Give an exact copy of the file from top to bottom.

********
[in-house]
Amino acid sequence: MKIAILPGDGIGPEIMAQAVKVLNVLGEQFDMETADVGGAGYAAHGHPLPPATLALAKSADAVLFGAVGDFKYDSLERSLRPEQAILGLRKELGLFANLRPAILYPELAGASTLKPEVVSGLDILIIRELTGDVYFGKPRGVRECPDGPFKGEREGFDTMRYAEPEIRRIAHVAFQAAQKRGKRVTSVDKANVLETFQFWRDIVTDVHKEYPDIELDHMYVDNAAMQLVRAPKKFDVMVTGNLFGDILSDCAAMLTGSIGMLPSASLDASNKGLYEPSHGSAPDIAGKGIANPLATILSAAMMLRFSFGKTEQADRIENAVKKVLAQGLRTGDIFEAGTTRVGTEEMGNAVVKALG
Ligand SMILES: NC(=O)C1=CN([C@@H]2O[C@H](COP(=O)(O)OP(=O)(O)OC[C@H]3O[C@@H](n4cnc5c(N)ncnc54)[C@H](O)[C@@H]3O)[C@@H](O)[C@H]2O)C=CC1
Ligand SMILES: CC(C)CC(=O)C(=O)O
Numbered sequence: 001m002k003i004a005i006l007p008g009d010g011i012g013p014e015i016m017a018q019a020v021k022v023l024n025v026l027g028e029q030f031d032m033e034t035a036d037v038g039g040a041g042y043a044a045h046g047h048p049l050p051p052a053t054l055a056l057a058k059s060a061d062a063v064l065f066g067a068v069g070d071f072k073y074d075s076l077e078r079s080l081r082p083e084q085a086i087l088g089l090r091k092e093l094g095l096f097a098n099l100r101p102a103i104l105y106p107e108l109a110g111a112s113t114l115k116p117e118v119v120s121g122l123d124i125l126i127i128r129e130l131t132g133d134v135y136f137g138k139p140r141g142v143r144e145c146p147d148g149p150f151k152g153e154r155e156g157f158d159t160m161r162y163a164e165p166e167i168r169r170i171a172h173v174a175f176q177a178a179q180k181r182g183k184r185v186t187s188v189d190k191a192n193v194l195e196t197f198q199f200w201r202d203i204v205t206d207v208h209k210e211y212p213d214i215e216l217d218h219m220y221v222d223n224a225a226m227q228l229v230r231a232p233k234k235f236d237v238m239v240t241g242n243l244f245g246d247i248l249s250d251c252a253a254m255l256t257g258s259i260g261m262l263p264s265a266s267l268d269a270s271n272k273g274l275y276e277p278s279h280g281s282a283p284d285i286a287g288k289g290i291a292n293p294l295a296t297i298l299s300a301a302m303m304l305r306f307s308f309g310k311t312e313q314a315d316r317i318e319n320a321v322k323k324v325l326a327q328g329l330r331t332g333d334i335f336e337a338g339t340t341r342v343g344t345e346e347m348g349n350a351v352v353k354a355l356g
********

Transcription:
[in-house]
Amino acid sequence: MKIAILPGDGIGPEIMAQAVKVLNVLGEQFDMETADVGGAGYAAHGHPLPPATLALAKSADAVLFGAVGDFKYDSLERSLRPEQAILGLRKELGLFANLRPAILYPELAGASTLKPEVVSGLDILIIRELTGDVYFGKPRGVRECPDGPFKGEREGFDTMRYAEPEIRRIAHVAFQAAQKRGKRVTSVDKANVLETFQFWRDIVTDVHKEYPDIELDHMYVDNAAMQLVRAPKKFDVMVTGNLFGDILSDCAAMLTGSIGMLPSASLDASNKGLYEPSHGSAPDIAGKGIANPLATILSAAMMLRFSFGKTEQADRIENAVKKVLAQGLRTGDIFEAGTTRVGTEEMGNAVVKALG
Ligand SMILES: NC(=O)C1=CN([C@@H]2O[C@H](COP(=O)(O)OP(=O)(O)OC[C@H]3O[C@@H](n4cnc5c(N)ncnc54)[C@H](O)[C@@H]3O)[C@@H](O)[C@H]2O)C=CC1
Ligand SMILES: CC(C)CC(=O)C(=O)O
Numbered sequence: 001m002k003i004a005i006l007p008g009d010g011i012g013p014e015i016m017a018q019a020v021k022v023l024n025v026l027g028e029q030f031d032m033e034t035a036d037v038g039g040a041g042y043a044a045h046g047h048p049l050p051p052a053t054l055a056l057a058k059s060a061d062a063v064l065f066g067a068v069g070d071f072k073y074d075s076l077e078r079s080l081r082p083e084q085a086i087l088g089l090r091k092e093l094g095l096f097a098n099l100r101p102a103i104l105y106p107e108l109a110g111a112s113t114l115k116p117e118v119v120s121g122l123d124i125l126i127i128r129e130l131t132g133d134v135y136f137g138k139p140r141g142v143r144e145c146p147d148g149p150f151k152g153e154r155e156g157f158d159t160m161r162y163a164e165p166e167i168r169r170i171a172h173v174a175f176q177a178a179q180k181r182g183k184r185v186t187s188v189d190k191a192n193v194l195e196t197f198q199f200w201r202d203i204v205t206d207v208h209k210e211y212p213d214i215e216l217d218h219m220y221v222d223n224a225a226m227q228l229v230r231a232p233k234k235f236d237v238m239v240t241g242n243l244f245g246d247i248l249s250d251c252a253a254m255l256t257g258s259i260g261m262l263p264s265a266s267l268d269a270s271n272k273g274l275y276e277p278s279h280g281s282a283p284d285i286a287g288k289g290i291a292n293p294l295a296t297i298l299s300a301a302m303m304l305r306f307s308f309g310k311t312e313q314a315d316r317i318e319n320a321v322k323k324v325l326a327q328g329l330r331t332g333d334i335f336e337a338g339t340t341r342v343g344t345e346e347m348g349n350a351v352v353k354a355l356g